We are barely five minutes into our meeting when Simon Jenkins declares the Brighton Centre “an outrage” and the marina “an offence”. The journalist, campaigner and National Trust chairman is renowned for his outspoken views – especially on the topics of architecture and conservation – but I hadn’t expected a demonstration this early on.

I am at the National Trust’s elegant St James’s Park HQ to talk to him about his new role as president of Brighton and Hove’s Regency Society, which he takes up tomorrow. While keen to stress he is merely a figurehead, with no operational involvement in the society, he lived in Brighton many moons ago (Montpelier, where his love of stucco-clad terraces surely blossomed) and is serious about preserving what he sees as its character.

In an article for the Guardian in 2006, when he first condemned the collapsed West Pier, Brighton Centre and marina, he wrote that Brighton “deserved punishment for abusing its glory to become a downmarket Marbella”. He’s only fractionally more tactful now: “It’s one of the great Regency cities of Britain, with character in depth, marvellous mews and all those alleys and lanes! I was very aware when I lived there that the city is very extensive and also extremely vulnerable.

“I was there when The Lanes were being redeveloped and when [the Brighton Centre] went up and it was simply an outrage. The marina is an offence but at least it’s in the sea. Brighton and Hove together comprise a unified landscape and the buildings along the coast ought to respect that.”

A former editor of The Times and London’s Evening Standard, Jenkins is a passionate advocate for conservation. Before taking up his National Trust post in 2008, he founded the Railway Heritage Trust and was a founder member of SAVE Britain’s Heritage and the Thirties Society. As an author, he has published books on England’s best houses and churches (among them, Brighton’s St Michaels and All Angels, and St Bartholomew’s).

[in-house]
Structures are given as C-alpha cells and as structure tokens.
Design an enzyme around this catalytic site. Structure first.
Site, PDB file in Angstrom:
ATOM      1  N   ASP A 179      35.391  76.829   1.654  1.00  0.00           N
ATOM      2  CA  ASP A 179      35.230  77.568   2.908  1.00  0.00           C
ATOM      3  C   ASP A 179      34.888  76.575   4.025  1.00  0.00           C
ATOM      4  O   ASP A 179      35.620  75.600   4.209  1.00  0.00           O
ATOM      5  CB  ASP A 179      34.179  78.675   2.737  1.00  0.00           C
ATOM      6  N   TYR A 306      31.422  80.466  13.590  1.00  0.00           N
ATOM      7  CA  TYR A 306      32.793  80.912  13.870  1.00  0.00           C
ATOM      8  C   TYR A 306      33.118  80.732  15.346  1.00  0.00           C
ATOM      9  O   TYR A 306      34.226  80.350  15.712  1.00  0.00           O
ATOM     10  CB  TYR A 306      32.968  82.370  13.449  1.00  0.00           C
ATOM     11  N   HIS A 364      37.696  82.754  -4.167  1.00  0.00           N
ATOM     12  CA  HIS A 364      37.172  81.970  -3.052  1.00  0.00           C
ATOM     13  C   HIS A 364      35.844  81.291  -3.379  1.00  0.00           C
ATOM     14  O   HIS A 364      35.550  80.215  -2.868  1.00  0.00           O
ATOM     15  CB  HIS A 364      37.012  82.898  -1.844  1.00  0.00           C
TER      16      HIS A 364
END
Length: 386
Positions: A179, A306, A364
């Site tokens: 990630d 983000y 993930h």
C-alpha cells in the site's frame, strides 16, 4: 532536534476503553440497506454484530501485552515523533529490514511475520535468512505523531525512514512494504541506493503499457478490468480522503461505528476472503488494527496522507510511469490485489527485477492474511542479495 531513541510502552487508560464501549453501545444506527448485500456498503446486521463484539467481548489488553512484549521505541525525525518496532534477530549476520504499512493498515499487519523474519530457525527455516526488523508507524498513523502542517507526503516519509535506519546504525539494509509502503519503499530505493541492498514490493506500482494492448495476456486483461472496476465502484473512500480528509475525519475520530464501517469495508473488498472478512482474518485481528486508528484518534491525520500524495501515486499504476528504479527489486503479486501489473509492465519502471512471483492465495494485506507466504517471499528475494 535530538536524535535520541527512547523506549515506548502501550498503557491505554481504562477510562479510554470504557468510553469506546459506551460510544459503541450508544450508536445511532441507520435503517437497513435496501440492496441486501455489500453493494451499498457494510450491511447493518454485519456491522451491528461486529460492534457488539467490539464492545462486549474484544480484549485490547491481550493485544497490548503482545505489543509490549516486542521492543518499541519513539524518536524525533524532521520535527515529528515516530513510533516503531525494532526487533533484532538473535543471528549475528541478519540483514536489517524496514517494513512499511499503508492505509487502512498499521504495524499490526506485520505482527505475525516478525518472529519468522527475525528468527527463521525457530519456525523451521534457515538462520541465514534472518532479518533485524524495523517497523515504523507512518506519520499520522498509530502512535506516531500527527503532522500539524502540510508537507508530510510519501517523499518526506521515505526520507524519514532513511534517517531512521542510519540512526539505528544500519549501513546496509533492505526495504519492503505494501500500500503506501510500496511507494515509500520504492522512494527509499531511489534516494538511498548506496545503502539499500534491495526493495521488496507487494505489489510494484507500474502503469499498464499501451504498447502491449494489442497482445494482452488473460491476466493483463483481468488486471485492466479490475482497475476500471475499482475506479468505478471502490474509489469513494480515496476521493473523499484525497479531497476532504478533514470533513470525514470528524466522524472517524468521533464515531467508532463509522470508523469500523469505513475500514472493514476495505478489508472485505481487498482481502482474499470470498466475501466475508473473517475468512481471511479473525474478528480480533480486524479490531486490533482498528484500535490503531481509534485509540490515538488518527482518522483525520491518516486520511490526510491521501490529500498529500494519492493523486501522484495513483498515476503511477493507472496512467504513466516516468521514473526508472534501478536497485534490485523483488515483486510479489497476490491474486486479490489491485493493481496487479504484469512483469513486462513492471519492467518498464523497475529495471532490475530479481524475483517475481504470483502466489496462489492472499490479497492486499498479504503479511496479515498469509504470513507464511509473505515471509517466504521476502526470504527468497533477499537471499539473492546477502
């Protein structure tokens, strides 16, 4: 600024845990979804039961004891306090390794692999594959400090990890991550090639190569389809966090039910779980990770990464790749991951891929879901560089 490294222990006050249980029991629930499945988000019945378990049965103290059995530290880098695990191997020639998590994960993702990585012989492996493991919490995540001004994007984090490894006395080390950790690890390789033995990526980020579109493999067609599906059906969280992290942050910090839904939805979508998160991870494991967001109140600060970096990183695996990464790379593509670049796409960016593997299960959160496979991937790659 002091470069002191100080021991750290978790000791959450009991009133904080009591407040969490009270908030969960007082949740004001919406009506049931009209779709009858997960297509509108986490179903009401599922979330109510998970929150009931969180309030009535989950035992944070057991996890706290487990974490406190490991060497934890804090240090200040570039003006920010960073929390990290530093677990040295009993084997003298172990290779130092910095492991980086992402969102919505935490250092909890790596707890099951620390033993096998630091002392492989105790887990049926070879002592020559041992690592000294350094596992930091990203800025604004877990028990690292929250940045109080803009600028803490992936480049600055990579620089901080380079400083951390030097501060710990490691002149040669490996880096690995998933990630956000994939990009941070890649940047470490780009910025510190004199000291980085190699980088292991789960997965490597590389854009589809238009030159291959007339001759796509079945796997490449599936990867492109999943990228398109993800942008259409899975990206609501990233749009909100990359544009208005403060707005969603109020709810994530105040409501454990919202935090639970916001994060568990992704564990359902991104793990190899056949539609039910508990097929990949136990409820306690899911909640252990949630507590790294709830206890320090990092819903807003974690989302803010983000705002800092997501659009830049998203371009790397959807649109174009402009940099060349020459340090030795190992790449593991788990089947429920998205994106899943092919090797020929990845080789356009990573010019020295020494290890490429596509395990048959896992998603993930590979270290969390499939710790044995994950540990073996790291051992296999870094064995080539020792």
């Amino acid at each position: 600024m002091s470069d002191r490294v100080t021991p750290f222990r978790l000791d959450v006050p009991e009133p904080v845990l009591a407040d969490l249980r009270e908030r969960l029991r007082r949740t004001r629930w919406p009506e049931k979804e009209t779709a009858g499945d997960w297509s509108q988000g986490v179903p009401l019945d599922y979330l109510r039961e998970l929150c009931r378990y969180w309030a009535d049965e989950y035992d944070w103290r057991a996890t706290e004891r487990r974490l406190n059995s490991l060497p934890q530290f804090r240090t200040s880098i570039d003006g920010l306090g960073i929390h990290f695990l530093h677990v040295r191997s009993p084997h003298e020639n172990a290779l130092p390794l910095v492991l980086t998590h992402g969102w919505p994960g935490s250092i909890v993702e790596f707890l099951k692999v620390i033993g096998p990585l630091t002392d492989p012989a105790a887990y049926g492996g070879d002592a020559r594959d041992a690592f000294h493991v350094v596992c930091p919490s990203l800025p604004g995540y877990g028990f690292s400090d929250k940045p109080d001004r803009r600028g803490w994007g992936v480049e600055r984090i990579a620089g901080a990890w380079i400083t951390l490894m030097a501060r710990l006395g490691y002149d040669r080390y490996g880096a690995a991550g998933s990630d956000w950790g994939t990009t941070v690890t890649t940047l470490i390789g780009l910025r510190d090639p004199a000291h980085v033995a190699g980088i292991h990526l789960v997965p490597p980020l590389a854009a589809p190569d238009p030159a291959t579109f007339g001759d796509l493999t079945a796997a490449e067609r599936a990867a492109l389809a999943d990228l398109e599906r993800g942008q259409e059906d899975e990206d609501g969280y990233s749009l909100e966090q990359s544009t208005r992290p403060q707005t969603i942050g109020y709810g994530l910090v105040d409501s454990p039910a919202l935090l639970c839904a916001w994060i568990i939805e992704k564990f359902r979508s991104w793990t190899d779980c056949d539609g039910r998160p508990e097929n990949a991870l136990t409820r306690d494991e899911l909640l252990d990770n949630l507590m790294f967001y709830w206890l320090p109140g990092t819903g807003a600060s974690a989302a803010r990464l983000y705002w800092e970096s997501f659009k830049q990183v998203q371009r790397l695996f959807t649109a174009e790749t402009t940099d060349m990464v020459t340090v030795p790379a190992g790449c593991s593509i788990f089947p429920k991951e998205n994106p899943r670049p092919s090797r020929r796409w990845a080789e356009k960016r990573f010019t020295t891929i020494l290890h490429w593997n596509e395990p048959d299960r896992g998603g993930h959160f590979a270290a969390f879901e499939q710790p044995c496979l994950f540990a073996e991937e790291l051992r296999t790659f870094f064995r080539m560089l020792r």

The Regency Society, founded in 1945 to oppose the proposals to demolish the Regency terraces and squares of the seafront, unsurprisingly considers him “a perfect fit”. “I’ve known the society over a number of years and have traditionally seen it as two things: one is to be a repository of wisdom about Regency architecture in Brighton and Hove, and secondly, by that token, to champion its conservation when under threat,” Jenkins explains.

But he rebukes the criticism from some quarters that the society aims to preserve the city in aspic – mainly, it seems, because he has a problem with that expression. “I’m fairly robust about aspic,”

he laughs. “I can’t see what’s wrong with it. It’s usually just a term of abuse for someone who doesn’t want something to be built when someone else does. I don’t know what it means really. Clearly in a city like Brighton there’s going to be building and so on happening all the time. You just want what happens to be in the context of what’s there already and I think you can only make judgments about that if your eye is trained and educated to the dominant style of the town, which is Regency.”